I’m sick and tired.
I feel really bad. Not just because I’m truly sick (as in a horrible head cold with dizziness) and tired (as in haven’t had a great night’s sleep in what seems like forever). I feel really bad because last night I scolded Momma and sent her to bed. I actually scolded my Momma. I treated her a bit like she was a little child.
To be honest, she was acting like a little child. Coming up with every childlike excuse in the book as to why she was sitting in the kitchen at 1:00 a.m. She had pulled an all-nighter in the kitchen the night before, with me getting up four or five times to check on her. But tonight, I’d had enough. I needed some rest. I told her, perhaps a little too gruffly, that I was sick and I needed some sleep. I told her that she needed to go to bed so that I could go to bed.
“Well, you go on to bed,” Momma chirped, a little too brightly for 1:00 a.m. “I’m not a child. I’ll go to bed when I am ready.” With that, she picked up a book and feigned reading (she didn’t have her glasses on and there wasn’t enough light on to see what she was reading).
I planted my hands on my hips. “No, Momma. You need to go to bed NOW.”
“I need to go to the bathroom and brush my teeth.” Momma was stalling. She had already done both of those things.
“Okay, Momma. Go ahead. I’ll set your toothbrush up for you, but let’s do it right away so that I can go back to bed and know you’re safely in your own bed.”
Momma continued to stall for what, in my ill state, seemed like an hour. There is just no point in reasoning with someone who lives in an Alzheimer’s world. She doesn’t understand my concern for her safety. She doesn’t realize that I’m afraid she might fall or wander out the front door. She has no idea that she has Alzheimer’s and that she is now suffering from Sundowner’s, a symptom in Alzheimer’s best described as an upset in the internal body clock which makes her mix up her days and nights.
Somewhat exasperated, I scolded, “Momma. You need to go to bed NOW. If you have to pee and brush your teeth, that’s fine. I’ll wait for you in your room.”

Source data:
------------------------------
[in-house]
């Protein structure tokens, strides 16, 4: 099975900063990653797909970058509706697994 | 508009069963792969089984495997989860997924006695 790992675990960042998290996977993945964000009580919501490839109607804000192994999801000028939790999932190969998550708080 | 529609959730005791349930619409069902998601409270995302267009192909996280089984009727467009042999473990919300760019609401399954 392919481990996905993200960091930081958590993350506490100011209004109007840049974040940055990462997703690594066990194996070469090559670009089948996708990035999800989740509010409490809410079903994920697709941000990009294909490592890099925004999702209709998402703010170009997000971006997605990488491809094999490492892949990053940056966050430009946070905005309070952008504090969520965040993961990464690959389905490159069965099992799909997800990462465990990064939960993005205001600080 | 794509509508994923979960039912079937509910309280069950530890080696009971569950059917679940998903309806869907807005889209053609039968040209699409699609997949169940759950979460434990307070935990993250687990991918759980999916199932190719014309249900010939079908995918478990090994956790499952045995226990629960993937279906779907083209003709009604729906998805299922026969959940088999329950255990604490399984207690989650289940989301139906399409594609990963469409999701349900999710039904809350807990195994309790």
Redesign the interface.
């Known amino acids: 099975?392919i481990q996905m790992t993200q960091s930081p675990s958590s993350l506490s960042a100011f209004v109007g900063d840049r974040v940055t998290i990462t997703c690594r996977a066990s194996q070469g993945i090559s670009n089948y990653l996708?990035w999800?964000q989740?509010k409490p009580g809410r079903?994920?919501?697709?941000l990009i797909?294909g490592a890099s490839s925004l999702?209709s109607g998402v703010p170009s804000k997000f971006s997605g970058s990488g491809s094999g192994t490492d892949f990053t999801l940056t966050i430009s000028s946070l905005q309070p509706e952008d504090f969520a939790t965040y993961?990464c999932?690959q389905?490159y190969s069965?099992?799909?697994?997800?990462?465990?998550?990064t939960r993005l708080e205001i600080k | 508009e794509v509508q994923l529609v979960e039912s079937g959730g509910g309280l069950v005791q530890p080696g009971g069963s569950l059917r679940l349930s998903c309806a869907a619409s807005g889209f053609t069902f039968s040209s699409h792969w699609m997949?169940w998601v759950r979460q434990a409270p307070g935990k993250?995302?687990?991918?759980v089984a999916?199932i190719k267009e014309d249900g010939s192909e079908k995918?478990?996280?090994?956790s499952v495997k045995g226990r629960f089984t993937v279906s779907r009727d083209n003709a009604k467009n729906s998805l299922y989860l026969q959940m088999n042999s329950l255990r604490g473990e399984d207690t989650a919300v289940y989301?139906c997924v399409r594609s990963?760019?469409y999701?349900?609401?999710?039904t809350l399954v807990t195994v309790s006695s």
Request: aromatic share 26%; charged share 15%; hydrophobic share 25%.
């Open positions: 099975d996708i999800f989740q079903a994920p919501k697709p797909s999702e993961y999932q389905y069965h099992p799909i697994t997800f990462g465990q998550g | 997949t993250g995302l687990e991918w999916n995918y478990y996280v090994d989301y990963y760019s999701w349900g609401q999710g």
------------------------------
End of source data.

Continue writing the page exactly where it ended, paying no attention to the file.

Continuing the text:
A few minutes later, she scootched into her room with her walker. She didn’t stop in the bathroom, so I asked her (with as much gentleness in my voice as I could muster), “Do you need to use the bathroom and brush your teeth?”
“No, Cindie! I’m not a child.” Momma plopped on the bed, obviously mad at me, then slipped her shoes off and pulled her legs up into bed.
“Goodnight, Momma. I love you more than your realize right now. Thank you for going to bed so that I can get some sleep and get to feeling better.”
With that, I turned off her lamp and closed the drapery that serves as her bedroom door, and then took a different route back to the kitchen so I could turn off the light over the kitchen sink, hoping that the darkness would make it less likely for her to be lured back in there a few minutes from now.
Fighting another dizzy spell as I laid my head on my pillows, I pulled the blankets up over my tired body, then laid on my side and watched Momma on the wifi monitor I keep on the nightstand. She wasn’t sleeping. She tossed and turned and I could hear her grumbling. But she was in bed…at least she was in bed. I picked up my phone and clicked on my Bible app and listened to the narrator read from the Psalms until I drifted off to sleep again.
Why do I share this with you?
This is some of the tough stuff that happens when you choose to provide care for someone with Alzheimer’s in your own home. It’s the reason why caregivers need a break from the responsibility from time to time. I’m thankful for the support system I have in my husband, our daughter Beth, our Friday night caregiver Kathryn, our Sunday morning caregiver Kathi, my sister Vivian, and a sprinkling of friends who help out from time to time. Without them, I couldn’t do this.
And I’m thankful this morning that, with Alzheimer’s, last night is forgotten. Momma still loves me.